Ern Boehm developed economic indicators from 1985 with sponsorship from the Westpac Bank; from 1990 the bank also sponsored the Index of Consumer Sentiment. In 1992 these activities were combined into the Westpac – Melbourne Institute Centre for Business Cycle Analysis which soon obtained an ARC collaborative research grant
In 1989 the Institute moved to refurbished accommodation in the Baldwin Spencer Building. But it was to be a short occupancy. Peter Dixon left the Institute at the expiration of his seven-year contract in February 1991 and took most of the staff with him to Monash University. The few remaining staff returned to their old location in the Economics and Commerce Building.
Ian Harper was appointed acting director for 1991. The Institute statute was repealed and the Institute formally became a department within the Faculty. Richard Blandy, director of NILS, was appointed as the new director effective from May 1992. He was keen to reconnect Ronald Henderson with the Institute: the two spent time together discussing research directions. The director’s title was restyled the Ronald F Henderson Chair.
In order to maintain operations with a small staff, Richard Blandy formed a series of alliances, most notably with NILS. A NILS offshoot was opened in Melbourne, with Meredith Baker seconded to head it. Research now swung more towards labour economics. After nearly three decades, econometric forecasting was abandoned as a research area. Richard Blandy restructured the Institute’s Advisory Board, which for the first time was not chaired by the Vice-Chancellor. Peter Jonson became the new chair and was joined on the Advisory Board by heads of government departments and welfare agencies.
Richard Blandy instigated the full employment project that was designed to publicise the undesirable effects of unemployment and put forward policies to alleviate it. The enterprise performance project that used the rich IBIS database began. For a period, the Asian Business Centre was located in the Institute.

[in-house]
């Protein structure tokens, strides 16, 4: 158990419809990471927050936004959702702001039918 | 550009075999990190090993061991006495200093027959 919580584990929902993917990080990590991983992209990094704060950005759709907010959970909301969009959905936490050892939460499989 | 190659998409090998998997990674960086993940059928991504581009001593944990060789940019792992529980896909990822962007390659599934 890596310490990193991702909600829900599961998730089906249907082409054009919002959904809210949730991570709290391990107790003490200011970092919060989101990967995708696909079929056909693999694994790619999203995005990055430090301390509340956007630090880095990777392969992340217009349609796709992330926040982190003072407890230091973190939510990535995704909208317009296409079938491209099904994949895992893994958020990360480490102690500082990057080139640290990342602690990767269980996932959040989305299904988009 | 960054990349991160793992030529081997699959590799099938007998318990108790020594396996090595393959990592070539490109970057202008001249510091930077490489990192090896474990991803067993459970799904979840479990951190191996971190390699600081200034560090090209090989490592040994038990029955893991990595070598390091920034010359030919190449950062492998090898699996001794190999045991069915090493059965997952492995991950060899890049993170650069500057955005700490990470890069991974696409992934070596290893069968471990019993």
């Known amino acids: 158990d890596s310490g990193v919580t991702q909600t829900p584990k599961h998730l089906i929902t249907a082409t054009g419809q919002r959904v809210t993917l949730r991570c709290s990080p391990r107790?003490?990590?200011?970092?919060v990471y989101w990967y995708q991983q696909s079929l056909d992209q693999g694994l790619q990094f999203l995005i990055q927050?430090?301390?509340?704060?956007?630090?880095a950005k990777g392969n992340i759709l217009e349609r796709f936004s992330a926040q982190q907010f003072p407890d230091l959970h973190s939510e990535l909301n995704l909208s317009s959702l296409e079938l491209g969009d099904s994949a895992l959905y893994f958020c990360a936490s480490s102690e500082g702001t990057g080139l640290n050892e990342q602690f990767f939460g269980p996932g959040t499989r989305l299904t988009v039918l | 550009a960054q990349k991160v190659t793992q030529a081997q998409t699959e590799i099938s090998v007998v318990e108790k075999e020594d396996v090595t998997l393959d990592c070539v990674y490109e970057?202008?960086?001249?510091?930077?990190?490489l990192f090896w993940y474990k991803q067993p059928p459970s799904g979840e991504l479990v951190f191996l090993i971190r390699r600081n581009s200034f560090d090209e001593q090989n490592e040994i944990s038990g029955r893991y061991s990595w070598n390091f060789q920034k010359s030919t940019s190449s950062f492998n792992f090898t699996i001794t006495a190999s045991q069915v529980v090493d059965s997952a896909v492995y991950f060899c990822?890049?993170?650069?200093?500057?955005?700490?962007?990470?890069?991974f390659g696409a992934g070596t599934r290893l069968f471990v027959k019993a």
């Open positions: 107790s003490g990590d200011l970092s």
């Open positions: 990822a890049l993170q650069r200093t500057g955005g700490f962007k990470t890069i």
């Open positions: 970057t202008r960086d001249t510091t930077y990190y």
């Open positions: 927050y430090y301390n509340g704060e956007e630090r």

Richard Blandy had to contend with a debt incurred through contractual payouts to those staff who went to Monash. Largely as a result of intervention by the Advisory Board, the Vice-Chancellor, David Penington, agreed to wipe off most of the debt, but before the ink was dry on the agreement Richard Blandy announced that he had accepted a position as chief executive of the newly created South Australian Development Council. This time there was a smooth changeover to a new director: Peter Dawkins took up his position at the start of 1996, Peter Lloyd acted as director in 1995.
Peter Dawkins began his term as Director of the Institute in February 1996, the same month that Alan Gilbert became the University’s Vice-Chancellor. The two leaders each held their positions for around a decade. In August 2006, ‘Melbourne’ was formally added to the name of the Institute, a change initiated by Peter Dawkins but one that was consistent with Alan Gilbert’s emphasis on ‘The Melbourne Agenda’.
The early Dawkins years were devoted to setting a research framework and then obtaining funds to deliver the outcomes. The initial focus was on the two interrelated themes of economic performance and social outcomes, later to be encapsulated in the motto ‘hard heads, soft hearts’.
Funding gradually improved and was assisted by a faculty seeding loan repayable over five years. The federal government’s 1999 Green Paper on research and research training foreshadowed greater accountability in research funding which was to be based on defined metrics. The university and faculty budget procedures were altered to reflect research performance which benefited the Institute and allowed a significant increase in staff.